Watchdog reveals ‘significant shortfall’ in Housing Agency’s acquisition of units

Agency should consider returning ‘at least some’ of its funding to the exchequer, Comptroller and Auditor General says

The Government has been told to consider taking some of the Housing Agency’s €37.7 million cash pile back to the exchequer after it failed to deliver more than 700 social housing units on time.

The Housing Agency was supposed to deliver 1,600 vacant houses and apartments for social housing by the end of 2020 and then had the target postponed for year. Now a report from the State’s financial watchdog has revealed a “significant shortfall” as the agency had completed the acquisition of only 868 units by 2021.

The agency’s acquisitions fund was established with an initial €77.7 million in 2017 under the Rebuilding Ireland housing plan that came before the 2021 Housing for All plan.

The fund had a €37.7 million cash balance at the end of 2021, more than half the total fund investment. “This represents an underutilisation of the fund’s resources,” said the 2021 report on State spending by the Comptroller and Auditor General.


“The Department [of Housing] should, in conjunction with the [Housing] Agency, consider whether at least some of the financial resources available to the fund should be returned to the exchequer.”

The Department of Housing said it had reviewed the scope and operation of the fund and its challenges. This included the possibility of repurposing it to support other Housing for All schemes.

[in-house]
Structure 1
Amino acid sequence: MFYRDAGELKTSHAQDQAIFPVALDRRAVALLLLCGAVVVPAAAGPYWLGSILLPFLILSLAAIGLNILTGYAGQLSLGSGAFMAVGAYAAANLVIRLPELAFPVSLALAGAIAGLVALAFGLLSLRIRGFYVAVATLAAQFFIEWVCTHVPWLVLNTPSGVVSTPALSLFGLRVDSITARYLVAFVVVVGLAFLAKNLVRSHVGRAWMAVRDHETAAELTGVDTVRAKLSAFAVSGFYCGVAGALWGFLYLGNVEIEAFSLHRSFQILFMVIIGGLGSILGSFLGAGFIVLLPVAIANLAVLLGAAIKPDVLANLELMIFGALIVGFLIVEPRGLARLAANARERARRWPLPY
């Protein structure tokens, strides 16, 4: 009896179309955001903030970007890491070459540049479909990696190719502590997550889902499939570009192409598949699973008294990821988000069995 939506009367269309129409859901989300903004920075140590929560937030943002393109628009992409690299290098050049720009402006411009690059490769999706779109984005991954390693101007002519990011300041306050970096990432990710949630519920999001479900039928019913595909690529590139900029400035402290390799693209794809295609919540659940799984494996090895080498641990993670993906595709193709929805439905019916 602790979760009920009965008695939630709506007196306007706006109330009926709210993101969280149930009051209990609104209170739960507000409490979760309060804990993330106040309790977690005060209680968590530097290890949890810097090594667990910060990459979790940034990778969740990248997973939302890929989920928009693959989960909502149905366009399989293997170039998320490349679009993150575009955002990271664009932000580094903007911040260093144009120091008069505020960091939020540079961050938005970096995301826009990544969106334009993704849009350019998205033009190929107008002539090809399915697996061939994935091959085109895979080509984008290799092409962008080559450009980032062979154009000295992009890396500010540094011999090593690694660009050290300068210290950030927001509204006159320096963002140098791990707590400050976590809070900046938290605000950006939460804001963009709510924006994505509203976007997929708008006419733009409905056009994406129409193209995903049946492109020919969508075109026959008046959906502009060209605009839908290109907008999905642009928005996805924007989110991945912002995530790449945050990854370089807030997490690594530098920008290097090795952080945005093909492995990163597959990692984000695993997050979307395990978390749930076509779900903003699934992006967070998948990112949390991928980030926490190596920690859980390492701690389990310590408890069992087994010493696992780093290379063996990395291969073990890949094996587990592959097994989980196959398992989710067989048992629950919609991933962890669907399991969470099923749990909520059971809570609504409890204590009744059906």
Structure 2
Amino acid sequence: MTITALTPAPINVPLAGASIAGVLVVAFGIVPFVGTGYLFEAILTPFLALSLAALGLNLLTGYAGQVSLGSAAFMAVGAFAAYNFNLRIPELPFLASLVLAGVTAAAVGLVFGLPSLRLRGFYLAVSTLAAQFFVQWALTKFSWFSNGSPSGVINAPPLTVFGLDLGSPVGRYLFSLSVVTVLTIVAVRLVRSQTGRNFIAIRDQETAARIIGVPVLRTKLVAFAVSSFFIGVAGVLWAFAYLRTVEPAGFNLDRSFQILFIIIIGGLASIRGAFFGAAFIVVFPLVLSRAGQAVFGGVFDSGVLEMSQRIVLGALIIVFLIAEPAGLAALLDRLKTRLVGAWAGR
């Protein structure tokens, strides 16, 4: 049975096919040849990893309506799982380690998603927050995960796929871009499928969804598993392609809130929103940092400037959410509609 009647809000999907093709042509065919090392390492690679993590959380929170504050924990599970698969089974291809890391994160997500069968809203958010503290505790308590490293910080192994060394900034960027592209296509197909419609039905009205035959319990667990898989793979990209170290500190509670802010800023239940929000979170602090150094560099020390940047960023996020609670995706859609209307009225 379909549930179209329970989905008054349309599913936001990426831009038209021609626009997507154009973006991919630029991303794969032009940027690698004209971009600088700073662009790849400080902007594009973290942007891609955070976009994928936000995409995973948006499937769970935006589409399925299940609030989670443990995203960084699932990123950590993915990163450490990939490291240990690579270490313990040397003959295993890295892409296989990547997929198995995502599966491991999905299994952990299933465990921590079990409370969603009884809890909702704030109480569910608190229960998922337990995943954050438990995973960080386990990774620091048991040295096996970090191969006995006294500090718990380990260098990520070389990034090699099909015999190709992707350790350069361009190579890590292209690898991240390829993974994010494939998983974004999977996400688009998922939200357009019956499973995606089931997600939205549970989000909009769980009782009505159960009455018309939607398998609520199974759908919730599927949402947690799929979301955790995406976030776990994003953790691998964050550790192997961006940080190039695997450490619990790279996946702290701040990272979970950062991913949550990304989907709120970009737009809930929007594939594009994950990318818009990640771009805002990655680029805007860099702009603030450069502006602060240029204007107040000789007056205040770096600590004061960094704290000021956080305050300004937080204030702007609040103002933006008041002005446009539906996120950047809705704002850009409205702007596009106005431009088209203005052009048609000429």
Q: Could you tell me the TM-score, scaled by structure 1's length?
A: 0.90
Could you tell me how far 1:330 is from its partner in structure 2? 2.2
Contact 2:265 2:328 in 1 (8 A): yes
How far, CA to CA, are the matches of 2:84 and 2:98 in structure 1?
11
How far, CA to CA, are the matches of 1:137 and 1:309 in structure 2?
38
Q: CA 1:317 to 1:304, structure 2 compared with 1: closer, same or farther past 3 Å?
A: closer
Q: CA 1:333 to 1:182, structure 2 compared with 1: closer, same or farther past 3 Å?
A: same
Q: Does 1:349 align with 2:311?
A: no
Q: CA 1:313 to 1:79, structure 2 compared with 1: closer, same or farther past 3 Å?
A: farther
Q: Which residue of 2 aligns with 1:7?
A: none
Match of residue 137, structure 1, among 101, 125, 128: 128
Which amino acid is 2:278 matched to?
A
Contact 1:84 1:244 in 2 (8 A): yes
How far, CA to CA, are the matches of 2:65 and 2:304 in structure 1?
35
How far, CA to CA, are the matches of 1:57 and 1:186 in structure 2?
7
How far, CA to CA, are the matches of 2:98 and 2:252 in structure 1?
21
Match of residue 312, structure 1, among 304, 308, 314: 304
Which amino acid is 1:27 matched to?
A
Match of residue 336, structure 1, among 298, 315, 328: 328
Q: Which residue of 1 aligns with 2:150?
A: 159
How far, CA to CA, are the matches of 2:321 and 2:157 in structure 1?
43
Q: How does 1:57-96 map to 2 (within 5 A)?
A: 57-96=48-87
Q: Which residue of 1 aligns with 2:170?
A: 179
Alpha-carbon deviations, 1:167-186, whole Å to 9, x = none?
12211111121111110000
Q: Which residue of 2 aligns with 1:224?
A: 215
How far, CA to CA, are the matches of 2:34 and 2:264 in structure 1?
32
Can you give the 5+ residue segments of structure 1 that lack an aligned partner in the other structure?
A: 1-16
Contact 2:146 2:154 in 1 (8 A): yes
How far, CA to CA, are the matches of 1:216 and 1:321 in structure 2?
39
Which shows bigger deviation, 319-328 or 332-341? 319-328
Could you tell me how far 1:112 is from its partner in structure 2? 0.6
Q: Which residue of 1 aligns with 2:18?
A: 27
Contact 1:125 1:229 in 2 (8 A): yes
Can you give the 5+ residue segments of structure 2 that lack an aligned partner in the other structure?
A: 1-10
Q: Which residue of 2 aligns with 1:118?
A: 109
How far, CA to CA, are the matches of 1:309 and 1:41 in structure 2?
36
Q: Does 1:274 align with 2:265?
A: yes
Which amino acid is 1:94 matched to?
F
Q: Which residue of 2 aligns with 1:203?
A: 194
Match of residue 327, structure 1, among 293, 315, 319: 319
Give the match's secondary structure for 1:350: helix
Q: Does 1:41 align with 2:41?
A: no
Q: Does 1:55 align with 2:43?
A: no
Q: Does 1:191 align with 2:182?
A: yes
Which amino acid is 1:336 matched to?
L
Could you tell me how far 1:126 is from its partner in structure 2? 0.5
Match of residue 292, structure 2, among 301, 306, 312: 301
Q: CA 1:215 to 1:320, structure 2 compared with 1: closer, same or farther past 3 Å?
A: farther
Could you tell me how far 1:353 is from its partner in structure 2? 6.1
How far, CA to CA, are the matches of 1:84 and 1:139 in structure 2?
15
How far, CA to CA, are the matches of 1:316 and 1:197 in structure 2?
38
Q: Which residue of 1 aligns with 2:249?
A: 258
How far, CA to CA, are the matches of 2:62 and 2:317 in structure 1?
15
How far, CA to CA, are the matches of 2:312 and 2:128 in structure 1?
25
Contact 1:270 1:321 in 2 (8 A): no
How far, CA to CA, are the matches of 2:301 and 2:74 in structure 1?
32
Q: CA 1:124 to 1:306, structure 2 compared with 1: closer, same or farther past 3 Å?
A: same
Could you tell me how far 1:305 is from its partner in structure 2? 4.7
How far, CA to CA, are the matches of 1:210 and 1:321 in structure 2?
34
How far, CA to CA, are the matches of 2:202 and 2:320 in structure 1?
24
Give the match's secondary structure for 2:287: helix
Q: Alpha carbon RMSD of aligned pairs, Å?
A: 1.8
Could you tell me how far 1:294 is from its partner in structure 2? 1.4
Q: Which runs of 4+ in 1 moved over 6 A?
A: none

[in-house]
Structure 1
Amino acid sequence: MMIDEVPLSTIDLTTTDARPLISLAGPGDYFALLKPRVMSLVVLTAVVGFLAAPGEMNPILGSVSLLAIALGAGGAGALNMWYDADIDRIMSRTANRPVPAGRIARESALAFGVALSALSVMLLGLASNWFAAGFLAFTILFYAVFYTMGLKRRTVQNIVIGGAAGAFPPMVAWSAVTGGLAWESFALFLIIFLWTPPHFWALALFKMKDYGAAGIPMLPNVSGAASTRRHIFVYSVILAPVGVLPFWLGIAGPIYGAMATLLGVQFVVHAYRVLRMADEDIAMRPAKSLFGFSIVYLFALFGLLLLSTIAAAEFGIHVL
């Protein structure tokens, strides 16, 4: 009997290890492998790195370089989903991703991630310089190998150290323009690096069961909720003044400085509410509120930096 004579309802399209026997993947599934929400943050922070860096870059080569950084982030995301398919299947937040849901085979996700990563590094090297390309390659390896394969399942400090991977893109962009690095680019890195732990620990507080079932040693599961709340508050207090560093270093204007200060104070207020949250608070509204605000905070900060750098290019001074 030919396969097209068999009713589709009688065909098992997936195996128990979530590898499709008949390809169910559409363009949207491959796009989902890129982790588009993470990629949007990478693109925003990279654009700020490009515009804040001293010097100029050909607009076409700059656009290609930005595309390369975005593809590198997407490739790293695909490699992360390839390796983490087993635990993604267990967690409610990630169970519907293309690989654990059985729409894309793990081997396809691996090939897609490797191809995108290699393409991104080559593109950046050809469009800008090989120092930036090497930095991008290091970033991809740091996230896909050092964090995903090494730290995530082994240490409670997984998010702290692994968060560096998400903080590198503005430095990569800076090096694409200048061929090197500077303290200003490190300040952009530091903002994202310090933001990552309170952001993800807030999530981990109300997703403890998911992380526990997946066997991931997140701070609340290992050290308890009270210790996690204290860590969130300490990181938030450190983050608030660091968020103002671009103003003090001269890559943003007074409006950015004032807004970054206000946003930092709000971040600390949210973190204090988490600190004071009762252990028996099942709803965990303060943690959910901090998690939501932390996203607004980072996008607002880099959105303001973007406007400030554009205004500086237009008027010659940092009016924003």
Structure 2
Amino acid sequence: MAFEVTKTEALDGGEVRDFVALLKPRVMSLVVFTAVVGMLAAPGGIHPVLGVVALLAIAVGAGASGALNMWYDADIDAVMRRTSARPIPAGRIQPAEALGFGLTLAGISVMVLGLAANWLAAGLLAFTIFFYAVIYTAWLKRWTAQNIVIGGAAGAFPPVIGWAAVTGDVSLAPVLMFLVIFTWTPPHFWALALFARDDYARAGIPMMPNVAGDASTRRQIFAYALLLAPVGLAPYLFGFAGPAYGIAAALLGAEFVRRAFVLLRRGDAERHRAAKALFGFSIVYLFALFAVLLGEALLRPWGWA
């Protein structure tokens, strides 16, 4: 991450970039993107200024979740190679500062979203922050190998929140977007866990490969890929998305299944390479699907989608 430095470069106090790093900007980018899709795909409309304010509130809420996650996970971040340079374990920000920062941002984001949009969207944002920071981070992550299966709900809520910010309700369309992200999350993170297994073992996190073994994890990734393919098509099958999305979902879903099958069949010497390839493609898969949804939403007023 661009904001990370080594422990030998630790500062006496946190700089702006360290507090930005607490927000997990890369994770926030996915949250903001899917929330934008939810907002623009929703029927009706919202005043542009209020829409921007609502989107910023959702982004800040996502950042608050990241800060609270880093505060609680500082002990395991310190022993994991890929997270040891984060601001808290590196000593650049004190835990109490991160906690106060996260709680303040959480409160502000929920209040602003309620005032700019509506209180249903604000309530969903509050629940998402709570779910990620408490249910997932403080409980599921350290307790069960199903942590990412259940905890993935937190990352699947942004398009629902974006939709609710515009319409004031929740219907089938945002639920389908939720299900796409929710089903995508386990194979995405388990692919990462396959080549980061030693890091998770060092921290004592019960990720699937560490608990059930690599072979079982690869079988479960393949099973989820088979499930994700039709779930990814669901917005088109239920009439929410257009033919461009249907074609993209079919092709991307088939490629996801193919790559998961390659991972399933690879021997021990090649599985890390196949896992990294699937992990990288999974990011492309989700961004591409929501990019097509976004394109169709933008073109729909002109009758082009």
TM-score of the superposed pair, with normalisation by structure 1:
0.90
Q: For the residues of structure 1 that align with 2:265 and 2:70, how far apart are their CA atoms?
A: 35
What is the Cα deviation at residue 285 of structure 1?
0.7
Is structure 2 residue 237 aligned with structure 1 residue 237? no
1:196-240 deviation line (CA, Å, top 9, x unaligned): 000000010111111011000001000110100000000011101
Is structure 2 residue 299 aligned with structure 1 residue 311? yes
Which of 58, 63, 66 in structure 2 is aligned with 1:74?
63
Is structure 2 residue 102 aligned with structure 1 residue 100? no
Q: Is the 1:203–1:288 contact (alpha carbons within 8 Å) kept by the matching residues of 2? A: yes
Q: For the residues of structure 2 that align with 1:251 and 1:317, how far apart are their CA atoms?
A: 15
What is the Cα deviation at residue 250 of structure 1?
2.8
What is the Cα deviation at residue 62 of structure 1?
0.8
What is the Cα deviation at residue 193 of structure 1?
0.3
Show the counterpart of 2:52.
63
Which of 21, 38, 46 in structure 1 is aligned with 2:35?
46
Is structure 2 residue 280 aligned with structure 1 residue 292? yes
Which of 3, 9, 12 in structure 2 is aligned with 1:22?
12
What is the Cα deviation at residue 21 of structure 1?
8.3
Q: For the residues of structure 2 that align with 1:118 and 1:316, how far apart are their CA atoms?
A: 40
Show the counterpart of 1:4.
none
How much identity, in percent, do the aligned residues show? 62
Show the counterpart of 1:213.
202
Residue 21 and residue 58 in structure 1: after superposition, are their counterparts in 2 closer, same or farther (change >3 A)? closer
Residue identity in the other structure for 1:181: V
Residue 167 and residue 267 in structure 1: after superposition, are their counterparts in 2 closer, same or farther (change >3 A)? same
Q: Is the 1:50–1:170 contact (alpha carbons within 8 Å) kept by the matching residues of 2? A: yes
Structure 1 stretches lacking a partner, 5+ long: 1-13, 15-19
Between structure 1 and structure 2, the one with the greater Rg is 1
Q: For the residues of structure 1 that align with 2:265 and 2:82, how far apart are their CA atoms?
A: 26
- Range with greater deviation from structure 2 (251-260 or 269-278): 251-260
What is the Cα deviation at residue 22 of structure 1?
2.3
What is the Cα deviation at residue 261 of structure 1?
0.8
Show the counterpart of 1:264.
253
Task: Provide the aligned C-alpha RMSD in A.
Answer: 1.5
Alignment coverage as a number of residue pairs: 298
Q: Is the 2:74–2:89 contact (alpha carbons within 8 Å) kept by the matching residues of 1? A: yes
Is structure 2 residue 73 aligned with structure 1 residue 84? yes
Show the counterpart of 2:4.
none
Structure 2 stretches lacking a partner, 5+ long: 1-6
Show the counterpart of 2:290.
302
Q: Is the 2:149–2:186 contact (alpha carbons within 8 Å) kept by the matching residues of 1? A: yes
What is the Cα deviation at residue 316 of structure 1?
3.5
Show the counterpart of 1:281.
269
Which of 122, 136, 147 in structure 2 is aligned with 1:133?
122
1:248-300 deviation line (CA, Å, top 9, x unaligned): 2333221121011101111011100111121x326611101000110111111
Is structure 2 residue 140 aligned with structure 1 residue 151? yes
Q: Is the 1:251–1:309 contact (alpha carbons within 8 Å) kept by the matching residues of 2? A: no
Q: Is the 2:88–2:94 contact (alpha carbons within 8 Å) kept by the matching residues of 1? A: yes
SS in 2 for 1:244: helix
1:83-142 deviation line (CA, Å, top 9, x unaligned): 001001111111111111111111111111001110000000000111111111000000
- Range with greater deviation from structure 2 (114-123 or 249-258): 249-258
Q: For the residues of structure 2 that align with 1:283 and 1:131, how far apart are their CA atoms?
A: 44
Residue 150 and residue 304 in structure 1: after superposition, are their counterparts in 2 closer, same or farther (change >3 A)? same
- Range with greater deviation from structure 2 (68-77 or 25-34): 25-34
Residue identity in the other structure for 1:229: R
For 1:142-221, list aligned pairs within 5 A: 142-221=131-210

The department said it was “engaged in a process” with the Department of Public Expenditure and Reform on the review recommendations.

“If the outcome of this engagement allows the mandate of the fund to be amended around these proposals, the financial resources will be directed to their implementation.”

At first the fund acquired distressed property assets from banks and investment funds before refurbishing them and selling them on to approved housing bodies (AHBs) and local authorities. Later it bought homes on the open market, which required less work because they were in better condition.

The report cited the Housing Agency and the Department of Housing saying the delivery shortfall was “mainly due” to slower-than-anticipated sales of properties and consequent delayed replenishment of the fund from sales, as well as a reduced stock of suitable available properties.

“The target for delivery was extended to end 2021, but the revised target was not achieved,” the C&AG said, adding that acquisitions had dropped to the “lowest level” in 2021 since the fund was established.

“To the end of 2021, the Housing Agency completed acquisitions of 868 residential units (54 per cent of the target) of which 718 units were sold on to AHBs and local authorities; two units were sold on the open market; and 15 units were transferred to local authorities for no consideration.”

To meet its original delivery target, the Housing Agency needed to acquire and dispose of a housing unit at an average cost of around €175,000 within an average 12 months.

“The average turnaround time achieved was just over 17 months per unit. The agency stated that at the outset of the scheme it had aimed to recycle properties within six months. However, it became apparent for a number of reasons — AHB operational capacity, AHB lender requirements to bundle property sales into larger transactions and conveyancing requirements — that this would not be possible.”

Arthur Beesley

Arthur Beesley

Arthur Beesley is Current Affairs Editor of The Irish Times